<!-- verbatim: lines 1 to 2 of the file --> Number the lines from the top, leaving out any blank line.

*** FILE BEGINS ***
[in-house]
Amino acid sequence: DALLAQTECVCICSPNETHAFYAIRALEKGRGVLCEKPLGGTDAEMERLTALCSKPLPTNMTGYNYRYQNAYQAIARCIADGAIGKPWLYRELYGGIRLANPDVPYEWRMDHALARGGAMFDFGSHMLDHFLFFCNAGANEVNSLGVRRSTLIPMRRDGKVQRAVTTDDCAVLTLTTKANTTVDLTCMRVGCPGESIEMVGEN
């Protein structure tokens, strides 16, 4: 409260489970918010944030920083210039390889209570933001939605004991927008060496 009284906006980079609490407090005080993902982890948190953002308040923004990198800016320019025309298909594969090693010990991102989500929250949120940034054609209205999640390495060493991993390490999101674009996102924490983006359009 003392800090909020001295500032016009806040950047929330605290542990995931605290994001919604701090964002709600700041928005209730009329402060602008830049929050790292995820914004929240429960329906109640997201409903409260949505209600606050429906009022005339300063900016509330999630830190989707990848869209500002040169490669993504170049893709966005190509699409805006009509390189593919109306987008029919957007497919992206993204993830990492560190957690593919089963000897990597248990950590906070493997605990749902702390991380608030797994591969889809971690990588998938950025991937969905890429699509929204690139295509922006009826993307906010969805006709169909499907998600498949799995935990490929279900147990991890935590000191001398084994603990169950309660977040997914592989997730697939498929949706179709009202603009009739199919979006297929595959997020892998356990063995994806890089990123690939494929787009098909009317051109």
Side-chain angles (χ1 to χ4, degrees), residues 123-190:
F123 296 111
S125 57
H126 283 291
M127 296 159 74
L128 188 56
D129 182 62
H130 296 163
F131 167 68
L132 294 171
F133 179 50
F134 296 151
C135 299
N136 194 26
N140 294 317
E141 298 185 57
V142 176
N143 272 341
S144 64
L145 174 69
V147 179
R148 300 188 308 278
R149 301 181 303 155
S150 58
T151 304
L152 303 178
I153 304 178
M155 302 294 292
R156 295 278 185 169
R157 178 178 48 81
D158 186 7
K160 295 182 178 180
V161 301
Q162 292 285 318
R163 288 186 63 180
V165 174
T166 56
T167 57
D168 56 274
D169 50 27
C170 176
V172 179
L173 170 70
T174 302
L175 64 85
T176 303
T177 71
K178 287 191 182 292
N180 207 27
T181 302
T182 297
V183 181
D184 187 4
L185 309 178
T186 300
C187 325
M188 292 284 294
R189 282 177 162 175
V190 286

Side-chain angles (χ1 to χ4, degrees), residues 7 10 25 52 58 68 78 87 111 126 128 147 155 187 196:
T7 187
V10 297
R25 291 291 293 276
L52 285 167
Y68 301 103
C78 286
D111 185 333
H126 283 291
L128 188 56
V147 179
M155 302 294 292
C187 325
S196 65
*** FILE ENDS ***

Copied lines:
[in-house]
Amino acid sequence: DALLAQTECVCICSPNETHAFYAIRALEKGRGVLCEKPLGGTDAEMERLTALCSKPLPTNMTGYNYRYQNAYQAIARCIADGAIGKPWLYRELYGGIRLANPDVPYEWRMDHALARGGAMFDFGSHMLDHFLFFCNAGANEVNSLGVRRSTLIPMRRDGKVQRAVTTDDCAVLTLTTKANTTVDLTCMRVGCPGESIEMVGEN